This section provides an overview of the history of the Manhattan Project, the key organizations involved, the science behind the bomb, and more.
For the 50th anniversary of the end of World War II, the National Air and Space Museum proposed a controversial exhibition that displayed the Enola Gay.
Perhaps one of the most intriguing stories to come out of the Manhattan Project was the partnerships formed by the military, the scientific community, and some of America's foremost corporations.
One of the greatest controversies to come out of World War II was whether the atomic bomb was necessary to bring about its end.
A list of books and articles provide a range of perspectives on the atomic bombings.
The debate over what precipitated the Japanese surrender at the end of World War II is a source of contention among historians. This debate has also figured prominently in the discussion of the atomic bombings of Hiroshima and Nagasaki.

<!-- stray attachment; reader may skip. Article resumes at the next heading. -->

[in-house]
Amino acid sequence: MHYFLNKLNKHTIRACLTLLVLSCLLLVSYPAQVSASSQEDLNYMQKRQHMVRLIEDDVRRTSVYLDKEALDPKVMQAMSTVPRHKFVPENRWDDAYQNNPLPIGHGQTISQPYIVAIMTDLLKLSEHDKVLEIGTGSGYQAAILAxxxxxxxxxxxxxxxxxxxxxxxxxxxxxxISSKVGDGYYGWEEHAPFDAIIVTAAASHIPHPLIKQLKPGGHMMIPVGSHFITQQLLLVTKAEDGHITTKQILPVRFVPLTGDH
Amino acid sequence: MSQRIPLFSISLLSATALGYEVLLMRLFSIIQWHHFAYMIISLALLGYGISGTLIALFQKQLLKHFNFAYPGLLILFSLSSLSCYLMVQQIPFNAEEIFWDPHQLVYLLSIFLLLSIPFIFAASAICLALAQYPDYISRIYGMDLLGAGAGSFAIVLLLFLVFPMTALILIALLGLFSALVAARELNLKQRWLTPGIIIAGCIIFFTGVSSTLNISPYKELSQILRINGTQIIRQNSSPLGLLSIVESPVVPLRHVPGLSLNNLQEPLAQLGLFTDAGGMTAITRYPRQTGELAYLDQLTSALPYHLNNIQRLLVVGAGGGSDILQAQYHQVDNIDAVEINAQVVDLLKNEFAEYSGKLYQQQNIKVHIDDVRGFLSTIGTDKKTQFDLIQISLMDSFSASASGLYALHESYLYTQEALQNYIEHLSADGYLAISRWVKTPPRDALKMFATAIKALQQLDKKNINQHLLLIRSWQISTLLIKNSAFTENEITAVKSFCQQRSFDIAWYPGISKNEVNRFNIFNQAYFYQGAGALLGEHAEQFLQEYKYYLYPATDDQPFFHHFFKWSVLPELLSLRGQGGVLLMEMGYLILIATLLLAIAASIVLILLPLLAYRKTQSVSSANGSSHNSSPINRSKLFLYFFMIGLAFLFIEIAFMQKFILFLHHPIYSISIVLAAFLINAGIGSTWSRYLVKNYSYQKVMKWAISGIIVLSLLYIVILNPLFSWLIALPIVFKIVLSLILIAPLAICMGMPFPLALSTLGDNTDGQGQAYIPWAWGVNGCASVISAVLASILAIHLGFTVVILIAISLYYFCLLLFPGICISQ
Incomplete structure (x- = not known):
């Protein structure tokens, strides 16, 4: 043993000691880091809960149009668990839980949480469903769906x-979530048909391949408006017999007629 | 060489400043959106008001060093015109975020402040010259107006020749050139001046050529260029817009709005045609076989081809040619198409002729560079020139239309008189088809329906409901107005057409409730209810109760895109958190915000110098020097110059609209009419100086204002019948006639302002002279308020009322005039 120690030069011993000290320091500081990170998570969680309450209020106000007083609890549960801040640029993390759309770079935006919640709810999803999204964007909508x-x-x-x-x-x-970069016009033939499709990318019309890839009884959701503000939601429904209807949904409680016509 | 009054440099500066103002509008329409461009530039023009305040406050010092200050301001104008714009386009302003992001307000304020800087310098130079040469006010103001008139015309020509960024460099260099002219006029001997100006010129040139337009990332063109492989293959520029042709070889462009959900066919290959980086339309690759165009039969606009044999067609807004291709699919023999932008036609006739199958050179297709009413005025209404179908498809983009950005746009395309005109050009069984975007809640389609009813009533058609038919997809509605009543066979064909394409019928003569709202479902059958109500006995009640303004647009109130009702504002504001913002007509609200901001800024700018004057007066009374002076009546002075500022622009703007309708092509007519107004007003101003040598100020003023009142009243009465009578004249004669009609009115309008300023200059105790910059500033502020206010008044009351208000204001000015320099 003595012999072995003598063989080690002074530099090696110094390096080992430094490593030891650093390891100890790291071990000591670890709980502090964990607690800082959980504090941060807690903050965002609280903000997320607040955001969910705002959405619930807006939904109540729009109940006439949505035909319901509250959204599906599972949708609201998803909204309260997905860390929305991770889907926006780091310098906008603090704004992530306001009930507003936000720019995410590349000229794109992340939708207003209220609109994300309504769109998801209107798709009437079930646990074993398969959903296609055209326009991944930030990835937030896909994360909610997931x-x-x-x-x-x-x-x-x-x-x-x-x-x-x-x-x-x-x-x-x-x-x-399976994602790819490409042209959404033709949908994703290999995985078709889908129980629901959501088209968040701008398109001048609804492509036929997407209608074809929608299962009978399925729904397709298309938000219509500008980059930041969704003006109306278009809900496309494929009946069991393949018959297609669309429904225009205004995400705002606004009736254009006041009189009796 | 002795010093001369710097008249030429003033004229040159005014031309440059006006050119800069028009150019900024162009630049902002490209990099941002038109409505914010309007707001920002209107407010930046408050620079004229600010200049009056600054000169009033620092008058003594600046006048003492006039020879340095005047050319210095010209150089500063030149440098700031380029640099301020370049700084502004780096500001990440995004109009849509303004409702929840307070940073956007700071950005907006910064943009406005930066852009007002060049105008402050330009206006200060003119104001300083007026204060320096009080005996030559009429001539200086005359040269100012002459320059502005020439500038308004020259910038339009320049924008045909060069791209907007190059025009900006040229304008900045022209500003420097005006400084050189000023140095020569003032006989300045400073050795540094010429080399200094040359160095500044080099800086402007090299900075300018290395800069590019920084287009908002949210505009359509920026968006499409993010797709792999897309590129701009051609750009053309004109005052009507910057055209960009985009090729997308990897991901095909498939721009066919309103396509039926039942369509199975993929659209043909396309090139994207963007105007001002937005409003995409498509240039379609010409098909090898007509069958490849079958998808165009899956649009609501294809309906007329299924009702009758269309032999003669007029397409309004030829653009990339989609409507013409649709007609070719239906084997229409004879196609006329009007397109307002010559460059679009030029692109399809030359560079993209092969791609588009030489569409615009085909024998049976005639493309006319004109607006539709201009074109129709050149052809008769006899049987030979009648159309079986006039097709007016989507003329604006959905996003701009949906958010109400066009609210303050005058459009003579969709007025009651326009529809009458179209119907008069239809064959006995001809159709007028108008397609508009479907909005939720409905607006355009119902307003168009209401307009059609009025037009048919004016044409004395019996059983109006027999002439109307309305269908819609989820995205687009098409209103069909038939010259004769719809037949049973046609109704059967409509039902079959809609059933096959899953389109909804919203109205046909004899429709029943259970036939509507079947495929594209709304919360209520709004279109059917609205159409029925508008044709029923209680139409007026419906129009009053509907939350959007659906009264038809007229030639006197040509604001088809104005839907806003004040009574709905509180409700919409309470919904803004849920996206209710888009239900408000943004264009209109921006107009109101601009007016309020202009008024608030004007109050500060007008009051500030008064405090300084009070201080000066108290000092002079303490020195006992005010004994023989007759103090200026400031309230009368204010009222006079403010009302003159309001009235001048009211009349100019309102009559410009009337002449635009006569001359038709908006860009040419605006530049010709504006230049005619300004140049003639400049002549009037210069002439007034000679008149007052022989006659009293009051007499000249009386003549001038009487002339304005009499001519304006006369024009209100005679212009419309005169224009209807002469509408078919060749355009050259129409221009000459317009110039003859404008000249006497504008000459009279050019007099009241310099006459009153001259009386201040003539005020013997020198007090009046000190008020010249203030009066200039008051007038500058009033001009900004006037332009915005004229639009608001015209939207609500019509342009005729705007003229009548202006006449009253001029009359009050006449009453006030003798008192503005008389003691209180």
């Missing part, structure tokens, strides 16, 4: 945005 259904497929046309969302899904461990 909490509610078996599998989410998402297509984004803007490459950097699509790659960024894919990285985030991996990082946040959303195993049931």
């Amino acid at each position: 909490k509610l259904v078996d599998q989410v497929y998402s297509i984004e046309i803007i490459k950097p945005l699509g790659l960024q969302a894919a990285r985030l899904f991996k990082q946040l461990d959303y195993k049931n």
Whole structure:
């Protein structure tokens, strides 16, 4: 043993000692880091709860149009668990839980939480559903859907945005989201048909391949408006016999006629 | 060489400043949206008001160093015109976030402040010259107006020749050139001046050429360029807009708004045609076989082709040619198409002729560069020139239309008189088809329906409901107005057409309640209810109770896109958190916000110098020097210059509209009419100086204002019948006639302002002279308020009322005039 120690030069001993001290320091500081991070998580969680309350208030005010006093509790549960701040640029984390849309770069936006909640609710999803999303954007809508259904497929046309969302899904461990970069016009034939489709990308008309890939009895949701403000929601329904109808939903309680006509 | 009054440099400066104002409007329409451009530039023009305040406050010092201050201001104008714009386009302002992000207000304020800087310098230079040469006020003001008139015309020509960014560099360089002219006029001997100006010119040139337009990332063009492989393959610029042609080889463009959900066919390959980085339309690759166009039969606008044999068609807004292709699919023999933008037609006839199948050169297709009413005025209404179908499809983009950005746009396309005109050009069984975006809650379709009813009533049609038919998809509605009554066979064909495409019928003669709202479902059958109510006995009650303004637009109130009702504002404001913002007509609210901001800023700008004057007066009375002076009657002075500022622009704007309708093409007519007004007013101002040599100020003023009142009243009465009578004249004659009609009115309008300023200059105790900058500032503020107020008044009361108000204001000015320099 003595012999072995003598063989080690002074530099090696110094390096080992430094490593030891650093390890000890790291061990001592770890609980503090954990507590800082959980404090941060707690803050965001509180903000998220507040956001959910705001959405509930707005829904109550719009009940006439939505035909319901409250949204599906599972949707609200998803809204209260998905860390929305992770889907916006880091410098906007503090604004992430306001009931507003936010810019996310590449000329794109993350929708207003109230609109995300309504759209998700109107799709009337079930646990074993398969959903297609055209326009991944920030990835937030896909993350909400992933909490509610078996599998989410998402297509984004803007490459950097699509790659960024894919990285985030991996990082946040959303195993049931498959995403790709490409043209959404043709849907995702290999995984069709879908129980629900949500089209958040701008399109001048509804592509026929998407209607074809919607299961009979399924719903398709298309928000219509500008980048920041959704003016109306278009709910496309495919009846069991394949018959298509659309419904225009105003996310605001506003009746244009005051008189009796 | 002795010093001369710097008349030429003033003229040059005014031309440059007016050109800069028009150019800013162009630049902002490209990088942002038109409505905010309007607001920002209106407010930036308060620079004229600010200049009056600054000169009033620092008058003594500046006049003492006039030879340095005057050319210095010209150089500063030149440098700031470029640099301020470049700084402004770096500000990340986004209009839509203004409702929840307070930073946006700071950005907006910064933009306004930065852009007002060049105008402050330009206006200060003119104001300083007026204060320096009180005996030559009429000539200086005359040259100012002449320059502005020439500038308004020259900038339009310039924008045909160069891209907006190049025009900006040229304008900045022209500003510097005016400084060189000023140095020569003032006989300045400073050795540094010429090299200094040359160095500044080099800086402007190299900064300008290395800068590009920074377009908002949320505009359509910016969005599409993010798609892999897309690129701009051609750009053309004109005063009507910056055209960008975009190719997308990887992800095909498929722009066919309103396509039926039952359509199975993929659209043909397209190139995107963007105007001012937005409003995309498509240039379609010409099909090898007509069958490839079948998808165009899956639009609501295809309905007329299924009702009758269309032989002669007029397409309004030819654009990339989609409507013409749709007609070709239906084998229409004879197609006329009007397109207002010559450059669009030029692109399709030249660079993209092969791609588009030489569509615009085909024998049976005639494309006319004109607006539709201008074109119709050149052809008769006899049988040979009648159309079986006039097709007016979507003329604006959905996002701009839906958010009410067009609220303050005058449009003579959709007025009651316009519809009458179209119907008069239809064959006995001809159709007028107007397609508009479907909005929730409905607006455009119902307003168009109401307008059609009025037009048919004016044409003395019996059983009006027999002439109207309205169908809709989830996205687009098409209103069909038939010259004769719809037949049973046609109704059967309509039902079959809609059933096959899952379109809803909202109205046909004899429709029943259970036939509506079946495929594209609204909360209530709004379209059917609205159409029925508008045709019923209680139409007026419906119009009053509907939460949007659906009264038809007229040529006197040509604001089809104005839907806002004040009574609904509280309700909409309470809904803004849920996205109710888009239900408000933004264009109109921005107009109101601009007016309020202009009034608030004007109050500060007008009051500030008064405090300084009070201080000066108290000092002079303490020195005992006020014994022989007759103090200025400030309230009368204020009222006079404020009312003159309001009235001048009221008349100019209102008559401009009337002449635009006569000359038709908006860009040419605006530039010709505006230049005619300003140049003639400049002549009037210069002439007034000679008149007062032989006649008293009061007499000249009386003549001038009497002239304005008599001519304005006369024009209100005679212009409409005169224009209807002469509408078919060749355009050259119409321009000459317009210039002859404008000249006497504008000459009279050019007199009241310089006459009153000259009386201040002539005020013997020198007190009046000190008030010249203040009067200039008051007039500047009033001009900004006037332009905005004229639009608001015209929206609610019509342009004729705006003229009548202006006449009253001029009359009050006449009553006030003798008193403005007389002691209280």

Mendelevium, or element 101, was discovered at the Berkeley Rad Lab in 1955 using advanced techniques and tools.
In 1914, novelist H. G. Wells envisioned an atomic bomb that would produce a continual radioactive explosion in his book "The World Set Free."
The first concerted effort to understand and study the effects of radiation on humans began in Chicago in 1942.
Both the Oak Ridge and Hanford sites were chosen for their isolation and access to hydropower from surrounding river systems.